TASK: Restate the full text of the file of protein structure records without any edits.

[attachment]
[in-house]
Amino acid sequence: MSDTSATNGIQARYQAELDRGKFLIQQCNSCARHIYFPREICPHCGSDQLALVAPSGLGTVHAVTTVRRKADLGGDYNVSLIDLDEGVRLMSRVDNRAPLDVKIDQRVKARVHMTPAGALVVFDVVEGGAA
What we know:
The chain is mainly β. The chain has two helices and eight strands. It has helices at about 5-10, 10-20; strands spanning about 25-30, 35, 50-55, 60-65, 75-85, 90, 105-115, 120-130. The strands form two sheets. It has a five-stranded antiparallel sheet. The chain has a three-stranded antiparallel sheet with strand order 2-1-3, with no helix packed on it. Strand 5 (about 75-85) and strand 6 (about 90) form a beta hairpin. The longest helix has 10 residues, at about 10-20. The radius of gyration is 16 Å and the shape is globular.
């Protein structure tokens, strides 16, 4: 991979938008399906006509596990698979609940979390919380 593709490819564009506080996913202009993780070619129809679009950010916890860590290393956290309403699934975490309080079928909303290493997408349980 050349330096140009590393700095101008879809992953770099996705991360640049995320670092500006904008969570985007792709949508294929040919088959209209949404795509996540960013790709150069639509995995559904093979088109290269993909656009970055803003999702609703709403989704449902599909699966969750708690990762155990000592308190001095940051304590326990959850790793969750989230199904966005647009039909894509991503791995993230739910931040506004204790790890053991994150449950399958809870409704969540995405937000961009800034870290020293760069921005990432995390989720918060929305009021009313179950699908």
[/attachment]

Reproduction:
[in-house]
Amino acid sequence: MSDTSATNGIQARYQAELDRGKFLIQQCNSCARHIYFPREICPHCGSDQLALVAPSGLGTVHAVTTVRRKADLGGDYNVSLIDLDEGVRLMSRVDNRAPLDVKIDQRVKARVHMTPAGALVVFDVVEGGAA
What we know:
The chain is mainly β. The chain has two helices and eight strands. It has helices at about 5-10, 10-20; strands spanning about 25-30, 35, 50-55, 60-65, 75-85, 90, 105-115, 120-130. The strands form two sheets. It has a five-stranded antiparallel sheet. The chain has a three-stranded antiparallel sheet with strand order 2-1-3, with no helix packed on it. Strand 5 (about 75-85) and strand 6 (about 90) form a beta hairpin. The longest helix has 10 residues, at about 10-20. The radius of gyration is 16 Å and the shape is globular.
């Protein structure tokens, strides 16, 4: 991979938008399906006509596990698979609940979390919380 593709490819564009506080996913202009993780070619129809679009950010916890860590290393956290309403699934975490309080079928909303290493997408349980 050349330096140009590393700095101008879809992953770099996705991360640049995320670092500006904008969570985007792709949508294929040919088959209209949404795509996540960013790709150069639509995995559904093979088109290269993909656009970055803003999702609703709403989704449902599909699966969750708690990762155990000592308190001095940051304590326990959850790793969750989230199904966005647009039909894509991503791995993230739910931040506004204790790890053991994150449950399958809870409704969540995405937000961009800034870290020293760069921005990432995390989720918060929305009021009313179950699908």